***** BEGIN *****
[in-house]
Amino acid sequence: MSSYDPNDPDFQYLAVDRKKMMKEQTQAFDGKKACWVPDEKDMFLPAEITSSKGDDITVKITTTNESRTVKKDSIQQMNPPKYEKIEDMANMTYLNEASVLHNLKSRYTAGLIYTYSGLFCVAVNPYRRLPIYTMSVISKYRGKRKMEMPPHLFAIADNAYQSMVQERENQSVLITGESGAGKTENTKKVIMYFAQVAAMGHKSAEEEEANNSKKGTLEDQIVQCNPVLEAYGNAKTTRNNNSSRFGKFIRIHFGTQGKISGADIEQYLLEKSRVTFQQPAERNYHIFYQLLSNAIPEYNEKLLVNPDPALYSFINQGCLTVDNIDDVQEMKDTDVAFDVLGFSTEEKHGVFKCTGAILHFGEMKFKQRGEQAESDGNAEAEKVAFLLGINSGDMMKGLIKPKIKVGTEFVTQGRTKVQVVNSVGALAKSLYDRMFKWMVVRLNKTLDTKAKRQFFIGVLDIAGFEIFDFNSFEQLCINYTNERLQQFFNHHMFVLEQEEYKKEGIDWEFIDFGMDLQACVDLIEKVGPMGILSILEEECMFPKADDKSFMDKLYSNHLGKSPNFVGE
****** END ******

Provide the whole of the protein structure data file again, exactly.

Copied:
[in-house]
Amino acid sequence: MSSYDPNDPDFQYLAVDRKKMMKEQTQAFDGKKACWVPDEKDMFLPAEITSSKGDDITVKITTTNESRTVKKDSIQQMNPPKYEKIEDMANMTYLNEASVLHNLKSRYTAGLIYTYSGLFCVAVNPYRRLPIYTMSVISKYRGKRKMEMPPHLFAIADNAYQSMVQERENQSVLITGESGAGKTENTKKVIMYFAQVAAMGHKSAEEEEANNSKKGTLEDQIVQCNPVLEAYGNAKTTRNNNSSRFGKFIRIHFGTQGKISGADIEQYLLEKSRVTFQQPAERNYHIFYQLLSNAIPEYNEKLLVNPDPALYSFINQGCLTVDNIDDVQEMKDTDVAFDVLGFSTEEKHGVFKCTGAILHFGEMKFKQRGEQAESDGNAEAEKVAFLLGINSGDMMKGLIKPKIKVGTEFVTQGRTKVQVVNSVGALAKSLYDRMFKWMVVRLNKTLDTKAKRQFFIGVLDIAGFEIFDFNSFEQLCINYTNERLQQFFNHHMFVLEQEEYKKEGIDWEFIDFGMDLQACVDLIEKVGPMGILSILEEECMFPKADDKSFMDKLYSNHLGKSPNFVGE